Simone Giannelli’s outburst: “Only football in Italy is scandalous for other sports”

Simone Giannelli is the captain of Italvolley, who returned to the throne of Europe and the world in just one year: he told how the blue group has changed in recent months and explained the malaise of how Italy treats sports other than football football.

Edited by Vito Lamorte

Simone Gianelli He is considered by many to be the best player in the world. At age 26, he’s won just about everything there is to win with the Italian national but has no intention of stopping: “I want to stay in the national team, because that’s always an achievement, and then try to keep Italy’s name high.”

The last World Cup proved it once again, but anyone who follows volleyball throughout the year knows that the setter’s standard in Mr Security Perugia they are always very tall and the quality of their play always puts their opponents to the test. Giannelli was born in 1996 but is on the field like a veteran and the captain’s armband of the national team arrived precisely for that: in addition to being the only veteran of the silver medal in Rio de Janeiro in 2016, Simone manages to always be very cold on the field and to also give peace of mind to companions. A true guide, technical and temperamental.

Fefé De Giorgi’s group is often compared to the ‘generation of phenomena’, but Giannelli went beyond this inflated resemblance and gave another reading that not everyone had captured at the last World Cup: “For me, comparisons are neither in heaven nor on earth because we are completely different people from each other and they are different times. What I liked about the World Cup was the proximity of that generation to the team and is that I didn’t realize it before”.

The captain of the Italian national volleyball team he told how the blue group has changed in recent months and how it managed to take the throne of Europe and the world.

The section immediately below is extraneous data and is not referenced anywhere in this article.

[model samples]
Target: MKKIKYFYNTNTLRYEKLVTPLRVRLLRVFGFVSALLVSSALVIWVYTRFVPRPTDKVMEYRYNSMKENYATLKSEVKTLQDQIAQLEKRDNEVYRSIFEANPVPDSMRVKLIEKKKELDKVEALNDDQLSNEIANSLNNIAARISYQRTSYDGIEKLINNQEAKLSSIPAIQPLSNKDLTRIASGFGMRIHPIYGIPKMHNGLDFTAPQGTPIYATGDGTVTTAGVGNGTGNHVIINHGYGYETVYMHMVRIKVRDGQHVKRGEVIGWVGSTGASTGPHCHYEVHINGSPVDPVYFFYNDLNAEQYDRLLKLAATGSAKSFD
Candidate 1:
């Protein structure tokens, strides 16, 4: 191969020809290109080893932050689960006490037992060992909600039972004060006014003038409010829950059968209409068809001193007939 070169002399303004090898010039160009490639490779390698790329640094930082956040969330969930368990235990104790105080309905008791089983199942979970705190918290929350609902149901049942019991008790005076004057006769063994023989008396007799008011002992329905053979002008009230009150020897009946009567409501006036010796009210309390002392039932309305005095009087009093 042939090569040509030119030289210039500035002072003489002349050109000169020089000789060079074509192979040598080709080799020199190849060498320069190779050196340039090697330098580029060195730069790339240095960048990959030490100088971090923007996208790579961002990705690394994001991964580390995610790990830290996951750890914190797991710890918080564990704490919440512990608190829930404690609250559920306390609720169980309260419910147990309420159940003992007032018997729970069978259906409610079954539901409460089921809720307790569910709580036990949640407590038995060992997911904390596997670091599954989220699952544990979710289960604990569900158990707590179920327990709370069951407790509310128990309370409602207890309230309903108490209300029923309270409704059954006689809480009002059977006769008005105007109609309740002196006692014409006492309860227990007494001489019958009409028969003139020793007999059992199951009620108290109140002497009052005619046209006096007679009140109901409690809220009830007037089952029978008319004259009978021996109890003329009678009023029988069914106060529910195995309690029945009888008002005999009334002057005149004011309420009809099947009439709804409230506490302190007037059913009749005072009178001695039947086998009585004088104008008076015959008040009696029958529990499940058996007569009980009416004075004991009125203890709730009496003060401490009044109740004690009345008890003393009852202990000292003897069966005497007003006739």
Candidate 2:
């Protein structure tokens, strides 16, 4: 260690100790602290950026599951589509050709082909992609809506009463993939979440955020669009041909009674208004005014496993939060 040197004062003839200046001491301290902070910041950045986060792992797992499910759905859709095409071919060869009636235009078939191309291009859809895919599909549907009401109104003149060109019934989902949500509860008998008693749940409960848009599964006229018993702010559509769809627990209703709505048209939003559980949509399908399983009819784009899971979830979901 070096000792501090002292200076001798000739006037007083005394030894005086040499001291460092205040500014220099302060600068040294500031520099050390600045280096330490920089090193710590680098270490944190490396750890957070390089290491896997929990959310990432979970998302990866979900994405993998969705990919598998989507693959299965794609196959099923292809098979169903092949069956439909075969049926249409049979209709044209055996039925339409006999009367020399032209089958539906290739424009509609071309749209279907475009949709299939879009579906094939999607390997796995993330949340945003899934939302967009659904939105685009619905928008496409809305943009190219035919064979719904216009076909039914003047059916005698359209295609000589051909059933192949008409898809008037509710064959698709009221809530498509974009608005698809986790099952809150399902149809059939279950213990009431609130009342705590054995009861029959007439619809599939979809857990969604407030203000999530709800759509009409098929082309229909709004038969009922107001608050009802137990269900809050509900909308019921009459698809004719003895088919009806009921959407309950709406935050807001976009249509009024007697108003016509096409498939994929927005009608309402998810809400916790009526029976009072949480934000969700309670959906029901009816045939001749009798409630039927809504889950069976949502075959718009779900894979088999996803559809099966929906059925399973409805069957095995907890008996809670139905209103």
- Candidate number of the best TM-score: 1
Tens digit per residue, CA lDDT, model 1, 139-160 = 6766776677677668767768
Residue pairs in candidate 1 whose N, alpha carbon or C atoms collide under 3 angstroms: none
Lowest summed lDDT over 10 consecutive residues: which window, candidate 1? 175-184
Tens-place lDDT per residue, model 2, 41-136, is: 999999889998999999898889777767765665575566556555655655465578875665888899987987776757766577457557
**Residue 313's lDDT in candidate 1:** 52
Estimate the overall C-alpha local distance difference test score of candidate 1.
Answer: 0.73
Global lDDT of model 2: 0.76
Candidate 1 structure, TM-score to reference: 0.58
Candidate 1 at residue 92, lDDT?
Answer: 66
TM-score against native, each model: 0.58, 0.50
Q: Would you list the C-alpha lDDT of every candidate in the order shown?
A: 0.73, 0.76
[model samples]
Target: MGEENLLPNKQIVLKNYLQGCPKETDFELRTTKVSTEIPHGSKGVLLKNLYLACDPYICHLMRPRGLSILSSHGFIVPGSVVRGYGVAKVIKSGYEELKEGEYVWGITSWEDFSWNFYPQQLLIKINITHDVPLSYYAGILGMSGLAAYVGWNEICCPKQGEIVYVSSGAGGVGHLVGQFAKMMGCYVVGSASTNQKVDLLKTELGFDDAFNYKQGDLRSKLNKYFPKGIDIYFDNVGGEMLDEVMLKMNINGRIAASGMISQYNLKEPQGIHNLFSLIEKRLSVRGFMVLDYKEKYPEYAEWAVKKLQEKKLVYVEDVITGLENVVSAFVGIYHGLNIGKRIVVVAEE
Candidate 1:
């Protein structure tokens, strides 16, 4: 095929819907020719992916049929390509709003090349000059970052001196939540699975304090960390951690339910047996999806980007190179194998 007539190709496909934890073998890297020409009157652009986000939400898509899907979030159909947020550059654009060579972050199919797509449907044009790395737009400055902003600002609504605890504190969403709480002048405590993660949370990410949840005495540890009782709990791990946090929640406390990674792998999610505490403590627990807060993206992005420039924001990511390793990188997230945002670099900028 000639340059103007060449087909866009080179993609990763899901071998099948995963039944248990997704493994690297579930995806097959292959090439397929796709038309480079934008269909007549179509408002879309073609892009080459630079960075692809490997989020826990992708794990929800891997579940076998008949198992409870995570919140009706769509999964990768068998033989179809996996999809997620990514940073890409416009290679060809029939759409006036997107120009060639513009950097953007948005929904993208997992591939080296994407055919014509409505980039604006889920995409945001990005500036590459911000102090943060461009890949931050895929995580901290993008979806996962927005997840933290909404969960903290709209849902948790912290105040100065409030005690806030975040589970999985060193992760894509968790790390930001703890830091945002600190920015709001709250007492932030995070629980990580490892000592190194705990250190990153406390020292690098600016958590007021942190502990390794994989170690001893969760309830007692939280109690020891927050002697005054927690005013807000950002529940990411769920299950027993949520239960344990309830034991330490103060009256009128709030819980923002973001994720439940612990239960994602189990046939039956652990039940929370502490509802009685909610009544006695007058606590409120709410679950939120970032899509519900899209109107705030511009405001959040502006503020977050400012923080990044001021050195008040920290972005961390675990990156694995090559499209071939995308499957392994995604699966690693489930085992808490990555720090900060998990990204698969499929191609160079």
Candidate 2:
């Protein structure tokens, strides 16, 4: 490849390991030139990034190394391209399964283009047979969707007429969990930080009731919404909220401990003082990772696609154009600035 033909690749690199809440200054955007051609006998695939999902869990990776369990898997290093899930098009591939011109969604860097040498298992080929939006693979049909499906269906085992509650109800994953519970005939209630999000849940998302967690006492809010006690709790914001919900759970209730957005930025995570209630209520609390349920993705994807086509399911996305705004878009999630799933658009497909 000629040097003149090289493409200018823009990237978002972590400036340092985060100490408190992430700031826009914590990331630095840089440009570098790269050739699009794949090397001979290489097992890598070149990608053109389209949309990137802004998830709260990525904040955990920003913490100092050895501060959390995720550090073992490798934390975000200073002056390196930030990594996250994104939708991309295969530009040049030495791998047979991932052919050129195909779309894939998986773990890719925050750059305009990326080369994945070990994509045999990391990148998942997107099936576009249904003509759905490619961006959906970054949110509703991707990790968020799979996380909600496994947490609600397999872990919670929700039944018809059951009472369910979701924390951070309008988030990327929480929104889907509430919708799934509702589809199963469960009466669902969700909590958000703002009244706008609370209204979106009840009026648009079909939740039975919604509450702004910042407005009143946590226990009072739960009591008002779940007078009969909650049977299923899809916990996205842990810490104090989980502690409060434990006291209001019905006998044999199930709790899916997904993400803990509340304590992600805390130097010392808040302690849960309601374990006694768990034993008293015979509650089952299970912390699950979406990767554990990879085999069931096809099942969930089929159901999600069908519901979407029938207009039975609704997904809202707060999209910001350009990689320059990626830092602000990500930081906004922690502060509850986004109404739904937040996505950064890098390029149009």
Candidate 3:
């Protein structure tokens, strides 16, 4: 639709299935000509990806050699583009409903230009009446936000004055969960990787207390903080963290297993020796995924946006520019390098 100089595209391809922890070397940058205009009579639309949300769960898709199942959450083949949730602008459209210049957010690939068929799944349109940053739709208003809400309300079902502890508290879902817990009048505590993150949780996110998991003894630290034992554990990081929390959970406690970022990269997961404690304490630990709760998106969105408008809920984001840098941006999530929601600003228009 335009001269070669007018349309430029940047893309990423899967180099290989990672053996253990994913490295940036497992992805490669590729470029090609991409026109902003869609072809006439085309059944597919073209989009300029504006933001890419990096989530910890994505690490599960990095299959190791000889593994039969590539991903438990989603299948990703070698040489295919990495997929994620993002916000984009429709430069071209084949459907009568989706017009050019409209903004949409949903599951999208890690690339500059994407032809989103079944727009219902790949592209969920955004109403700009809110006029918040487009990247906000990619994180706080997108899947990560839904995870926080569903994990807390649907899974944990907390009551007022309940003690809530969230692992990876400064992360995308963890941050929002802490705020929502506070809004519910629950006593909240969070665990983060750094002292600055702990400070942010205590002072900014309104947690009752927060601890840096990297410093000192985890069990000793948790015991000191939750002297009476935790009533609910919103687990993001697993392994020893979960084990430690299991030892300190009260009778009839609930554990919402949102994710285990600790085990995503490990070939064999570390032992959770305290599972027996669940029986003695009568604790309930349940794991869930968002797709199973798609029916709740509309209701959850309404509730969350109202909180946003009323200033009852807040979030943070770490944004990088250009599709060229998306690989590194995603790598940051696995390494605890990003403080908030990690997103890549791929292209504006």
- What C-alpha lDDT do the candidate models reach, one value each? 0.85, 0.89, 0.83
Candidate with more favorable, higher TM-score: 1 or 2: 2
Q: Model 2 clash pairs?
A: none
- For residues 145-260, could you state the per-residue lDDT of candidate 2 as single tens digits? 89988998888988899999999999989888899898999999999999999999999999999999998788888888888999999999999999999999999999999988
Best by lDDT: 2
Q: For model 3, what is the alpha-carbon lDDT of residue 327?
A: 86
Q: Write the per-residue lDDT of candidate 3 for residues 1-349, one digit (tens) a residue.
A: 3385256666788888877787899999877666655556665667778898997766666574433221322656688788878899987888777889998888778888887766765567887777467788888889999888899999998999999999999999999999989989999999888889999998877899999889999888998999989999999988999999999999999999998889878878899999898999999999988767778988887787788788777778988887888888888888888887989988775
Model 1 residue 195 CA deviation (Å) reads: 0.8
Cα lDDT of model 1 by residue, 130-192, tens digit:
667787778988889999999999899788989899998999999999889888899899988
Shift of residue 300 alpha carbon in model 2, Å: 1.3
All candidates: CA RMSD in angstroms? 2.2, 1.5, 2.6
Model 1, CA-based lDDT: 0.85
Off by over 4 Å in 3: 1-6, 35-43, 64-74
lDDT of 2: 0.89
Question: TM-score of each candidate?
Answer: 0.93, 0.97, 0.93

In 2022 he managed to win two titles, Coppa Italia and Supercoppa, which he had never won before: which season will be the second with Perugia?
“I’m happy because they’re two titles I was close to, but I didn’t get. But, as I always say, they’re over. We’re happy, but we need to move on and keep improving to win again.”

What changed after Tokyo and what does it mean to win Europe and the World Cup in one year?
“For sure nobody believed it and that was also the best part, because when you win they are all on the wave and when you lose they are there to judge. That’s what sport is made of too, and that’s right, but it’s cool because we did some things that surprised everyone, many things changed, there was a change of generation and I am the only one left from the silver medal in Rio. Many young people arrived, the coach changed and a breath of new things arrived that helped. So each manifestation has its own history: it takes a bit of luck, a bit of courage and a lot of components that have been on our side. For that we did two incredible things”.

You have been in the national team since 2015: what are the differences between this national team and the ones you played before? Was there more pressure?
“I’m the one who puts the most pressure on me and this is my first training session. I’m very demanding with myself. This allows me to see that the criticism that comes from outside affects me much less. The pressure is always present and with the young group you can feel it even more, but we won a World Cup as European champions, so that shows that we managed to manage them in a certain way.

Has this team changed since the first win or has it stayed the same?
“As a captain, I always try to tell my teammates to look ahead. We wrote the history of volleyball: it had been 24 years since a World Cup had been won and we brought it back to Italy, where the ‘generation of phenomena’ took ; we won the European Championship after 16 years and that’s why they wrote history. You have to be simple people and you don’t have to change because of the results. For the fans you always have to win but it’s not like that because there is a way and a way to win and to lose”,

He was awarded MVP at the European and World Championships: what does it mean to be the best player in the world?